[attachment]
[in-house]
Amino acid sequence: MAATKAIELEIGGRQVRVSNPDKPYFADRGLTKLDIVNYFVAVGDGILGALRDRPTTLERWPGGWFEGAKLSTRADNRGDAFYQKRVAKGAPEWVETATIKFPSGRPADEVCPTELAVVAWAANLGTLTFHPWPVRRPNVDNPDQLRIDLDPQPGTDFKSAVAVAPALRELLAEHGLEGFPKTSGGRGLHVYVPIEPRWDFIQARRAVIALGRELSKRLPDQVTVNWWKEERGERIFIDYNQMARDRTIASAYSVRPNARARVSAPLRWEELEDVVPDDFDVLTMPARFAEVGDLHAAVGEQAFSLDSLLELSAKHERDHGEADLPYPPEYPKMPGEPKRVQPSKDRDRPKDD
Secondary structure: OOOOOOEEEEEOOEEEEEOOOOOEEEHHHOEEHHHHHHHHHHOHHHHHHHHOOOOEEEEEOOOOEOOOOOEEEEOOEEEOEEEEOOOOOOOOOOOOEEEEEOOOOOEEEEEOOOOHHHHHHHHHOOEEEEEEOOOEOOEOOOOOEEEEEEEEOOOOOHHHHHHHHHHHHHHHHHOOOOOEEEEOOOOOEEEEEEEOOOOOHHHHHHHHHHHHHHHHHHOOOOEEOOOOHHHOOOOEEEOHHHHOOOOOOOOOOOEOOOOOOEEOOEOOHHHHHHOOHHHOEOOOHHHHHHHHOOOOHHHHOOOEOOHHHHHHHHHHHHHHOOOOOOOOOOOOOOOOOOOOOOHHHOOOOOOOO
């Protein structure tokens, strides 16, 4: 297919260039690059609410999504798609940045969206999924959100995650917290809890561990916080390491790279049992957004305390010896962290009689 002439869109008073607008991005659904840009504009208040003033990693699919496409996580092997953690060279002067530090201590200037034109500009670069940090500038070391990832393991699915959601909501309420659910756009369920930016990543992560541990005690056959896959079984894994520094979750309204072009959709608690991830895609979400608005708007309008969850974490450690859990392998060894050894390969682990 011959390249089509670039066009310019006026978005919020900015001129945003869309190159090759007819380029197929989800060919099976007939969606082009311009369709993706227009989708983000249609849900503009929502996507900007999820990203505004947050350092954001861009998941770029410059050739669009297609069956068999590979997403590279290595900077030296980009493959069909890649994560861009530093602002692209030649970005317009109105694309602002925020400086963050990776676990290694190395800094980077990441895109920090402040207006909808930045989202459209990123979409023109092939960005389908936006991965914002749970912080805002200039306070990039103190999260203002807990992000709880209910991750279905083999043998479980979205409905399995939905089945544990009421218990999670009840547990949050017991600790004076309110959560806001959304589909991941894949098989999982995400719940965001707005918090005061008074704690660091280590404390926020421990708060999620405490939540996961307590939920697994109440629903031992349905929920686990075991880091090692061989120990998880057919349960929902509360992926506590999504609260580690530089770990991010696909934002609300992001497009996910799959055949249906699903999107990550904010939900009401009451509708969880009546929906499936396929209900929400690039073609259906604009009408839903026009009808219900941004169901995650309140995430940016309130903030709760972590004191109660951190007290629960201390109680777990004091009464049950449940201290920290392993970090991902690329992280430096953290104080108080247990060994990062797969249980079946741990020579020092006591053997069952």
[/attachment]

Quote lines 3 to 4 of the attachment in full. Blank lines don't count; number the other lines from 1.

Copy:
Secondary structure: OOOOOOEEEEEOOEEEEEOOOOOEEEHHHOEEHHHHHHHHHHOHHHHHHHHOOOOEEEEEOOOOEOOOOOEEEEOOEEEOEEEEOOOOOOOOOOOOEEEEEOOOOOEEEEEOOOOHHHHHHHHHOOEEEEEEOOOEOOEOOOOOEEEEEEEEOOOOOHHHHHHHHHHHHHHHHHOOOOOEEEEOOOOOEEEEEEEOOOOOHHHHHHHHHHHHHHHHHHOOOOEEOOOOHHHOOOOEEEOHHHHOOOOOOOOOOOEOOOOOOEEOOEOOHHHHHHOOHHHOEOOOHHHHHHHHOOOOHHHHOOOEOOHHHHHHHHHHHHHHOOOOOOOOOOOOOOOOOOOOOOHHHOOOOOOOO
């Protein structure tokens, strides 16, 4: 297919260039690059609410999504798609940045969206999924959100995650917290809890561990916080390491790279049992957004305390010896962290009689 002439869109008073607008991005659904840009504009208040003033990693699919496409996580092997953690060279002067530090201590200037034109500009670069940090500038070391990832393991699915959601909501309420659910756009369920930016990543992560541990005690056959896959079984894994520094979750309204072009959709608690991830895609979400608005708007309008969850974490450690859990392998060894050894390969682990 011959390249089509670039066009310019006026978005919020900015001129945003869309190159090759007819380029197929989800060919099976007939969606082009311009369709993706227009989708983000249609849900503009929502996507900007999820990203505004947050350092954001861009998941770029410059050739669009297609069956068999590979997403590279290595900077030296980009493959069909890649994560861009530093602002692209030649970005317009109105694309602002925020400086963050990776676990290694190395800094980077990441895109920090402040207006909808930045989202459209990123979409023109092939960005389908936006991965914002749970912080805002200039306070990039103190999260203002807990992000709880209910991750279905083999043998479980979205409905399995939905089945544990009421218990999670009840547990949050017991600790004076309110959560806001959304589909991941894949098989999982995400719940965001707005918090005061008074704690660091280590404390926020421990708060999620405490939540996961307590939920697994109440629903031992349905929920686990075991880091090692061989120990998880057919349960929902509360992926506590999504609260580690530089770990991010696909934002609300992001497009996910799959055949249906699903999107990550904010939900009401009451509708969880009546929906499936396929209900929400690039073609259906604009009408839903026009009808219900941004169901995650309140995430940016309130903030709760972590004191109660951190007290629960201390109680777990004091009464049950449940201290920290392993970090991902690329992280430096953290104080108080247990060994990062797969249980079946741990020579020092006591053997069952």